Aviation groups accuse city of making it difficult to operate at Santa Monica Airport

In the ongoing battle over the fate of Santa Monica Airport, a group of aviation organizations and businesses has accused the coastal city of imposing illegal landing fees, diverting airport funds to non-aviation uses and setting unfair leasing policies to force out aeronautical tenants.

In a complaint filed late Friday with the Federal Aviation Administration, the group alleges that the city has pursued plans for years to make it increasingly difficult for aviation businesses, pilots and aircraft owners to operate at the famous airport that was once home to Douglas Aircraft Co.

“Simply put, the city has created a financial structure which imposes enormous, ongoing, unsustainable — and clearly impermissible — financial burdens and deficits on the airport, which historically has operated on a break-even or near-break-even basis,” the complaint says.

The action is being taken by the Aircraft Owners and Pilots Assn.; the National Business Aviation Assn.; Kim Davidson Aviation Inc.; Bill’s Air Center; Justice Aviation Inc.; and Mark Smith, a local pilot and aircraft owner. Their attorney is Richard K. Simon.

They allege the city has violated FAA regulations, the terms of its federal airport improvement grants and a 1948 agreement that transferred the airport from the U.S. government back to the city after World War II. Under the later agreements, the general aviation hub must remain open at least until 2023 if not longer.


The far-reaching complaint triggers an administrative process in which both sides present evidence to the director of the FAA’s Office of Airport Compliance. Any ruling can be appealed twice within the FAA and later in federal court if necessary.

Santa Monica Deputy City Atty. Ivan Campbell, who handles airport matters, declined to comment, saying the complaint was still under review Monday afternoon.

The group contends that the city set excessive and unreasonable landing fees for Santa Monica-based aircraft in 2013 based on improper methodology, impermissible charges for airport expenses and other inadequately documented costs.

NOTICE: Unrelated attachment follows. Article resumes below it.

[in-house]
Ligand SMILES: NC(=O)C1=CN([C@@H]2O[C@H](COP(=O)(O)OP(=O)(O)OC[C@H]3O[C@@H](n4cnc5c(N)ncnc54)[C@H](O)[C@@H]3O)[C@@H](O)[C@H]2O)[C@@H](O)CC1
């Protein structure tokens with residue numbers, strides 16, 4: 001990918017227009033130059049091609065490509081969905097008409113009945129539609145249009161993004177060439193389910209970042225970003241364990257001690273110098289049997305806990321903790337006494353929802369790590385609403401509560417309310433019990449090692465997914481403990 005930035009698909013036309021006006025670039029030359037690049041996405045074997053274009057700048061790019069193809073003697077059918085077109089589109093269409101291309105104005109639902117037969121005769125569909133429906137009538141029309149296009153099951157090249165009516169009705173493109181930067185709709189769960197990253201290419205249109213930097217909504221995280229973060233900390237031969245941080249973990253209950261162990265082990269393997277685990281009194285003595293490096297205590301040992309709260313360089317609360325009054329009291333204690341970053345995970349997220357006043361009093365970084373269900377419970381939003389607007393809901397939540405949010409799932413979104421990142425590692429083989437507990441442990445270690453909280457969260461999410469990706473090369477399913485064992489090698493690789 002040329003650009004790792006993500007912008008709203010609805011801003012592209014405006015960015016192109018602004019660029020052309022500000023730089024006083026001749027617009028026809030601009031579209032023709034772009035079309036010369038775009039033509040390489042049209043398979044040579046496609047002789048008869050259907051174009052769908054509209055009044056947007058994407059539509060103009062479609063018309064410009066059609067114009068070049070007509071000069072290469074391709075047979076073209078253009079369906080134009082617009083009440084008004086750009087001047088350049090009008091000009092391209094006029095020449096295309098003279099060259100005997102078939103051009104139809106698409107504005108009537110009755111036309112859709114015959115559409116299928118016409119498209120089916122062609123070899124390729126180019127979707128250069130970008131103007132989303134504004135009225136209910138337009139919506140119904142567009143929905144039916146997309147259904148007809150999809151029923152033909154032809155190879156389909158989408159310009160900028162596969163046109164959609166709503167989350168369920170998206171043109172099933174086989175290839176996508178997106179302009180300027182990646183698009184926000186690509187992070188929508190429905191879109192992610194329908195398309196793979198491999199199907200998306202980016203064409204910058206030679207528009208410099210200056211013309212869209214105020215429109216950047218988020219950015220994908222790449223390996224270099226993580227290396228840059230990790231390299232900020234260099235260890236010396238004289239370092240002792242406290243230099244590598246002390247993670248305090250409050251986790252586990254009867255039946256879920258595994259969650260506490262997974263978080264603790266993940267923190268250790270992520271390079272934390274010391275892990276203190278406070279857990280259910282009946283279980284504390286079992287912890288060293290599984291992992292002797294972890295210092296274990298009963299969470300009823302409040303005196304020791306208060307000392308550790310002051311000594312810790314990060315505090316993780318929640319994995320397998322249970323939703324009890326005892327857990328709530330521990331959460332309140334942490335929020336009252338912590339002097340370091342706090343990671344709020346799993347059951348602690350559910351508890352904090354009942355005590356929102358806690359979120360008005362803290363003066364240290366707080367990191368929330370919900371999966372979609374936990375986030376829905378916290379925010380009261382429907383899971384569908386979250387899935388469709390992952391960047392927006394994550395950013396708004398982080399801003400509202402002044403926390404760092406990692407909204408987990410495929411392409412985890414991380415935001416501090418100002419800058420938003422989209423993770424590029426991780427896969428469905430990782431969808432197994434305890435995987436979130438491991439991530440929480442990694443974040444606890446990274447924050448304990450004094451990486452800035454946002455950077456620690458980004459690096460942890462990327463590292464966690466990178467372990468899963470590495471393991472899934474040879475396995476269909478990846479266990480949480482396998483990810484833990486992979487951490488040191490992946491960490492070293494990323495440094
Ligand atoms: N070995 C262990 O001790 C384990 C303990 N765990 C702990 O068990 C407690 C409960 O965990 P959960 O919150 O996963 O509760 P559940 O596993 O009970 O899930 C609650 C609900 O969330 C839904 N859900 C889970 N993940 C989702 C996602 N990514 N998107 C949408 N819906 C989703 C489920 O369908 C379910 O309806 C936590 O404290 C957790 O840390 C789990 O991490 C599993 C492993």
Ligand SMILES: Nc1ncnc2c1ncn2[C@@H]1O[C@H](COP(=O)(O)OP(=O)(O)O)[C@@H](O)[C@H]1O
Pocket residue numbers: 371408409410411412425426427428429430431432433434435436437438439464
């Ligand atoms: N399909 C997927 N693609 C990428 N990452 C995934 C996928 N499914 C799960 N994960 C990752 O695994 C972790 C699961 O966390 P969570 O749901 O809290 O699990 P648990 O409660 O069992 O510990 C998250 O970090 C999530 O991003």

It claims the city approved the fees without economic justification or adequate notice to airport tenants, denying them the opportunity to be heard.

The complaint notes that the city has made millions in loans to the airport, much of them at interest above market rates and restrictions set by the FAA. The interest, which reached as high as 8%, allegedly resulted in the illegal diversion of airport funds to city coffers.

The group further contends that the documentation for airport loans was often missing and inadequate. In one example from the complaint, the city purportedly charged the airport interest for borrowings made more than six years before the date claimed in the loan documents.

In addition, the city has denied long-term leases to aviation-related businesses at the airport while granting them to non-aviation users at lower rents, such as Santa Monica College. According to the complaint, certain aviation tenants now rent on a month-to-month basis, leaving those businesses without any formal leases since July 2015.

The group has asked the federal government to force Santa Monica to return all diverted revenue to the airport and put the city on notice that it could lose its federal transportation funding.

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